Human rights groups and the families of a number of Iranian opposition activists condemned to death as "enemies of God" are warning that their loved ones may soon be hanged after their sentences were recently confirmed by Iran's supreme court.
The Iranian government has come under scrutiny once again for its human rights record, as political prisoners condemned for being so-called "enemies of God," or mohareb, appear to be nearing the gallows.
Secretary of State Hillary Clinton condemned the death sentences Tuesday, urging the Iranian government to halt their apparently imminent executions. Iran, she insisted, should "live up to its obligations under the International Covenant on Civil and Political Rights."
Behrouz Kazemi's father, Jafar Kazemi, is now on death row in Tehran's Evin prison.
"Since he was arrested, he was under torture. About three weeks ago, Iranian regime stopped any family visit or any contact with him by anyone," he said. "I am very worried about him."
The younger Kazemi, who lives in exile in neighboring Iraq, insists that his father's only crime was to have visited him.
"I left the country about two years ago and came to Camp Ashraf in Iraq since my life was in danger in Iran," he said. "Iranian regime has arrested my father just because of visiting me in Ashraf."
In addition to Jafar Kazemi, six others condemned as "mohareb" are now awaiting execution, say human rights groups. They include Ali Saremi, Abdolreza Ghanbari, Ahmad Daneshpour Moghaddam, Mohsen Daneshpour Moghaddam, Mohammad Ali Haj Aghaei, and Javad Lari.
Faraz Sanei of Human Rights Watch in New York says that the Iranian Supreme Court has apparently approved the execution of the seven men.
"The sentences apparently were affirmed by [Iran's] Supreme Court and have been sent to what is called the enforcement or implementation division of the judiciary, which means that they are in danger of being executed fairly soon," said Sanei.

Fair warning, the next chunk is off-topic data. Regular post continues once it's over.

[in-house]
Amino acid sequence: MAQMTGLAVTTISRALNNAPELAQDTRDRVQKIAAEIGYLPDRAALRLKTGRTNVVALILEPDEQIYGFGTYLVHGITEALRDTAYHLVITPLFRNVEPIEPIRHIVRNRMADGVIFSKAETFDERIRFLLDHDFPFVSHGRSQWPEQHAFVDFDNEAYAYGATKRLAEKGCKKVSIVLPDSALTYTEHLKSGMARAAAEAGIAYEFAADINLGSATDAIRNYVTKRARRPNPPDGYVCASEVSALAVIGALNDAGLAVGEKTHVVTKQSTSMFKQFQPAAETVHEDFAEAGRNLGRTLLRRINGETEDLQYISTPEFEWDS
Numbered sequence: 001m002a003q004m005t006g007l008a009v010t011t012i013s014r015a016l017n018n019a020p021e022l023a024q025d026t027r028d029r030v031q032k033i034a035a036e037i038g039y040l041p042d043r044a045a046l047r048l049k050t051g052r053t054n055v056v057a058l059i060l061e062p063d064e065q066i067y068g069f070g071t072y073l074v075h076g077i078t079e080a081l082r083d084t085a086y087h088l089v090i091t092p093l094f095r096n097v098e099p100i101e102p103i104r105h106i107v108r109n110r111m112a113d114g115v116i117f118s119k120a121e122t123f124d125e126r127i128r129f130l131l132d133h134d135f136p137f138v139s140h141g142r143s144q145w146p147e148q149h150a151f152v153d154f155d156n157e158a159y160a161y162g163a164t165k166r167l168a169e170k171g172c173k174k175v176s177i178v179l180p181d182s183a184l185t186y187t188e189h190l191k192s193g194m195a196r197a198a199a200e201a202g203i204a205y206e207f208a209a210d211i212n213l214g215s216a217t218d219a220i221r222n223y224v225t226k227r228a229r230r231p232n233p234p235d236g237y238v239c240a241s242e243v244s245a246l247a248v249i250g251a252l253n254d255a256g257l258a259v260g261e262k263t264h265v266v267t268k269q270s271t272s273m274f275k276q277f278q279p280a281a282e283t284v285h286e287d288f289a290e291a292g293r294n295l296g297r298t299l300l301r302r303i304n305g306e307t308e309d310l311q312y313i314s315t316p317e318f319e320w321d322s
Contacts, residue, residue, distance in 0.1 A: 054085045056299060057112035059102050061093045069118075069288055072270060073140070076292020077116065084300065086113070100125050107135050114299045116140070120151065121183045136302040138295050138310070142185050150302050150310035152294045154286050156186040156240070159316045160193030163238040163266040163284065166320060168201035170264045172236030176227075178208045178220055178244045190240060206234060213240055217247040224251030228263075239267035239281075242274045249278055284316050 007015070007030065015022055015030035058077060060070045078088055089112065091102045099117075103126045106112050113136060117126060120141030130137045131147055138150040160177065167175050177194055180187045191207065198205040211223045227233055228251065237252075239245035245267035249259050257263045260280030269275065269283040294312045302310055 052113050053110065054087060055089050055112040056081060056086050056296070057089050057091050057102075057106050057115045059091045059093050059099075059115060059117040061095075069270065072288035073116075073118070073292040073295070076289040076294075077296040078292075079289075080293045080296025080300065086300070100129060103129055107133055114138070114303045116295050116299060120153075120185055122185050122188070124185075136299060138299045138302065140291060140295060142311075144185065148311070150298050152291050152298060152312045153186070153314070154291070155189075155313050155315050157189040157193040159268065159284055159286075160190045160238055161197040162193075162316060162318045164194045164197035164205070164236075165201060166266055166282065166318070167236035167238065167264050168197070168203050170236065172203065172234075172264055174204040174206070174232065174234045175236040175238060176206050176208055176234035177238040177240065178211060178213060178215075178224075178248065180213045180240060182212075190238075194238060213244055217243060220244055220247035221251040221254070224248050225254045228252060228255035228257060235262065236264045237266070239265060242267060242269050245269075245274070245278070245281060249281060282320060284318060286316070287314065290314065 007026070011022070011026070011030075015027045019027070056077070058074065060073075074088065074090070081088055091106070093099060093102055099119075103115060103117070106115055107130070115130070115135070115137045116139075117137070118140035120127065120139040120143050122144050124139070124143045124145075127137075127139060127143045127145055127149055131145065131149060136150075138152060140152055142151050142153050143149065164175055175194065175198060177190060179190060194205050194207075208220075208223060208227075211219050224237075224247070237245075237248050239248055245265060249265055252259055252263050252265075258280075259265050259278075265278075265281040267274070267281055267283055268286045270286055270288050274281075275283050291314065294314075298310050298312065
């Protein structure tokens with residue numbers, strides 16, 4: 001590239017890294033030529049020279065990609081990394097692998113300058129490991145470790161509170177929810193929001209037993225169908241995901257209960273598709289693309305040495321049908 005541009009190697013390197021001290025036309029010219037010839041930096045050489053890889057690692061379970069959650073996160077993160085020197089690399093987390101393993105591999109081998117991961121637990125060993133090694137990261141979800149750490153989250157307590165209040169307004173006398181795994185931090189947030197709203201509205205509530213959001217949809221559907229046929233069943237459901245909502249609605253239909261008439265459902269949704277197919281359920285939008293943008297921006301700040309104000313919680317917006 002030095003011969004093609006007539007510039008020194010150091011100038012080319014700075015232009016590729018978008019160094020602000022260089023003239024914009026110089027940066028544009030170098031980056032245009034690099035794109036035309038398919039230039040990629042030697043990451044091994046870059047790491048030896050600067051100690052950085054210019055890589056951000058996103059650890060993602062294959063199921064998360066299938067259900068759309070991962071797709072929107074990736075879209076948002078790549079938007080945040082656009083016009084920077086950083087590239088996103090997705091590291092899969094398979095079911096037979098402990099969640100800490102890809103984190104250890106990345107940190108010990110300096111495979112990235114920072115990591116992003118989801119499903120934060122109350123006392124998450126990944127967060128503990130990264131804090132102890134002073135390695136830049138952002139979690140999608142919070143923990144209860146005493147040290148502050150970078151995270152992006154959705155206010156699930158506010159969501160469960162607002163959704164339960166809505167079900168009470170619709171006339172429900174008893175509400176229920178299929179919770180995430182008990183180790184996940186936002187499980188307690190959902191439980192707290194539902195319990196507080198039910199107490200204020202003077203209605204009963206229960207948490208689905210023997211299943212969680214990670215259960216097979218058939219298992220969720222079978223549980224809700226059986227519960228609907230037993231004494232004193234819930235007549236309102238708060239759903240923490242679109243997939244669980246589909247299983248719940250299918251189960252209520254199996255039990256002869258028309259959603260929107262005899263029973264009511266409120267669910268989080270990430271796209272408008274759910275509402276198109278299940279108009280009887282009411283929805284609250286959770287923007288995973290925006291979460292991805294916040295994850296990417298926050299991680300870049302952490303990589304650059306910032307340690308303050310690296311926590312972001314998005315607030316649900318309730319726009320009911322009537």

Former French Ambassador to Tehran Francois Nicoullaud says that the cases against most of those condemned are often flimsy.
"In all these cases, the trials are not what we consider trials," said Nicoullaud. "The charges are practically nothing, and they're condemned on practically nothing. This is Iranian justice, unfortunately."
Nicoullaud argues that many opposition activists and political prisoners have little to no access to an attorney.
"They have attorneys, but the attorneys play very little role. Very often they have access to the files sometimes a few minutes before the opening of the [court] session," added Nicoullaud. "And very often they have practically no contact with the client. It's a parody of justice."
Iranian human rights attorney Mohammad Mostafaei, who has represented many political prisoners, was recently forced to flee the country after his own arrest warrant was issued. His wife and brother-in-law were taken into custody to pressure him. Tehran's prosecutor also now claims that Mostafaei is guilty of "financial fraud."
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